What Are Coverage Exclusions?

Insurance policies are very commonplace. Chances are most people you know have at least a homeowners or auto insurance policy—many have both. Beyond these, other popular offerings include life insurance, dental insurance and health insurance.

Insurance is designed to help pay for losses you experience. For example, homeowners insurance may help pay for a broken window after a storm; auto insurance may help pay for a new bumper after a fender bender.

However, it’s important to know that insurance doesn’t cover everything. In most cases, insurance policies will explicitly tell you what it will not pay for. These are called coverage exclusions.

What Are Some Examples of Coverage Exclusions?

Insurance policies can vary significantly depending on insurer, location and chosen coverages. For instance, you may be able to pay extra (e.g., add an endorsement or additional insurance) to cover a peril that may otherwise be excluded. The home or auto policy you have may differ from that of your neighbors, even if you have similar homes and cars.

For homeowners insurance, common exclusions include:

  • Floods
  • Earthquakes
  • Acts of war

For auto insurance, common exclusions include:

  • Normal wear and tear
  • Damage due to racing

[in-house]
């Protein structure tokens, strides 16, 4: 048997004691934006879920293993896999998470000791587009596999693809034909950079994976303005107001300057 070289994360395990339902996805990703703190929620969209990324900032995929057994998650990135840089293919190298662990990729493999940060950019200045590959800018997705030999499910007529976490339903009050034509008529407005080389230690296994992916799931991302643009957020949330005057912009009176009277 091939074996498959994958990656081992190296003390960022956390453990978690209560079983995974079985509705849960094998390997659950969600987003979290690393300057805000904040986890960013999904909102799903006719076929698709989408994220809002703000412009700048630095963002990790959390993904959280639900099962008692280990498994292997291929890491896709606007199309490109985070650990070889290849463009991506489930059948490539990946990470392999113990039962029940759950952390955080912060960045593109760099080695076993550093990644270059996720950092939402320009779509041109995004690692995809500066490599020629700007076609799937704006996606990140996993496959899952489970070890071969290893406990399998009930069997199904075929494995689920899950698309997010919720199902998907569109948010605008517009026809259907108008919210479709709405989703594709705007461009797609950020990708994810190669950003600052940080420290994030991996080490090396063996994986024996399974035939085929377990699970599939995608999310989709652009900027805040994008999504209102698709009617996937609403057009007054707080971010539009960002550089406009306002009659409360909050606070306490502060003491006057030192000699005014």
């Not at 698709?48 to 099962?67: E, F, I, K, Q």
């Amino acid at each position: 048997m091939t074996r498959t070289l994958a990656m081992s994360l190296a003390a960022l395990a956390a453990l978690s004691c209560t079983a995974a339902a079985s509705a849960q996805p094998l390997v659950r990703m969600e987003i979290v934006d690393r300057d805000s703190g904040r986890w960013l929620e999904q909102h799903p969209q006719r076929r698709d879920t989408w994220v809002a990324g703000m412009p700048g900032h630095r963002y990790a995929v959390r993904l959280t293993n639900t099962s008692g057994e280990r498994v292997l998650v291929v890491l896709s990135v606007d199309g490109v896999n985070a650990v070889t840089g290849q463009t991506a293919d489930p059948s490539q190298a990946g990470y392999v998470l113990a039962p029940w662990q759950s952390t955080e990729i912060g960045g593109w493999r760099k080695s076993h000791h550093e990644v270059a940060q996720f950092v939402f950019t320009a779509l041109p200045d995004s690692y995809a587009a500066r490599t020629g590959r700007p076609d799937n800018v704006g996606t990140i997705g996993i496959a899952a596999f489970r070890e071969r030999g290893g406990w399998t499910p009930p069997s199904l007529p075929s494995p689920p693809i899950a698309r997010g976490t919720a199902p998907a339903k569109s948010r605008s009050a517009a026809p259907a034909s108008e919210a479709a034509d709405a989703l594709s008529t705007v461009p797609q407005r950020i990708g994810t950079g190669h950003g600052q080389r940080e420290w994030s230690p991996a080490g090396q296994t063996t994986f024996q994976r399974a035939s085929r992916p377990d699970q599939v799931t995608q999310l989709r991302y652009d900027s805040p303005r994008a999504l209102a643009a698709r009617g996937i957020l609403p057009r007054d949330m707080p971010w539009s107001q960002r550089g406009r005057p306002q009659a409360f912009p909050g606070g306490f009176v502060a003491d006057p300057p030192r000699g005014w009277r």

• Business use of personal vehicle

These aren’t the only exclusions you might see. Additionally, other types of insurance (e.g., life, health and dental) have their own exclusions to consider.

How Do I Know Which Exclusions Apply to Me?

You can find any exclusions to your insurance in the policy’s documentation. There is often a section devoted to exclusions; they may also be explained within the coverage descriptions.

Reach out to our staff today at 515-576-4321 for help understanding your policy, including what it may or may not cover. We can also help identify any coverage gaps and recommend additional insurance to better protect your interests.

© 2024 Zywave, Inc. All rights reserved. This Know Your Insurance blog is not intended to be exhaustive nor should any discussion or opinions be construed as legal advice. Readers should contact legal counsel or an insurance professional for appropriate advice.
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